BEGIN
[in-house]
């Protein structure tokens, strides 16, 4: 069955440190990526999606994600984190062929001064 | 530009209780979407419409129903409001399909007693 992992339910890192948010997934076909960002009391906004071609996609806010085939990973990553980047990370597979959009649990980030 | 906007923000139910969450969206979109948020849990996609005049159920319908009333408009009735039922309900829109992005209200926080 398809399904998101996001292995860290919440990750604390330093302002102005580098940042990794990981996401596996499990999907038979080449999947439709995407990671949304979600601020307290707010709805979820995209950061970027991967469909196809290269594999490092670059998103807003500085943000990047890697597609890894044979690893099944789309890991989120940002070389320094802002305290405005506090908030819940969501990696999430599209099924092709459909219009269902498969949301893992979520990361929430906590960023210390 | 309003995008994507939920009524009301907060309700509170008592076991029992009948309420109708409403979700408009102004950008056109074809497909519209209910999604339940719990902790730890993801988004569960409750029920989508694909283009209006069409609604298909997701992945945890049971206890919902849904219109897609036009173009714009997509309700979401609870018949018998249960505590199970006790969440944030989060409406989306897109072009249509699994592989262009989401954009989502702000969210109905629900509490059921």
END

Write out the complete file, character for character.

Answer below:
[in-house]
């Protein structure tokens, strides 16, 4: 069955440190990526999606994600984190062929001064 | 530009209780979407419409129903409001399909007693 992992339910890192948010997934076909960002009391906004071609996609806010085939990973990553980047990370597979959009649990980030 | 906007923000139910969450969206979109948020849990996609005049159920319908009333408009009735039922309900829109992005209200926080 398809399904998101996001292995860290919440990750604390330093302002102005580098940042990794990981996401596996499990999907038979080449999947439709995407990671949304979600601020307290707010709805979820995209950061970027991967469909196809290269594999490092670059998103807003500085943000990047890697597609890894044979690893099944789309890991989120940002070389320094802002305290405005506090908030819940969501990696999430599209099924092709459909219009269902498969949301893992979520990361929430906590960023210390 | 309003995008994507939920009524009301907060309700509170008592076991029992009948309420109708409403979700408009102004950008056109074809497909519209209910999604339940719990902790730890993801988004569960409750029920989508694909283009209006069409609604298909997701992945945890049971206890919902849904219109897609036009173009714009997509309700979401609870018949018998249960505590199970006790969440944030989060409406989306897109072009249509699994592989262009989401954009989502702000969210109905629900509490059921």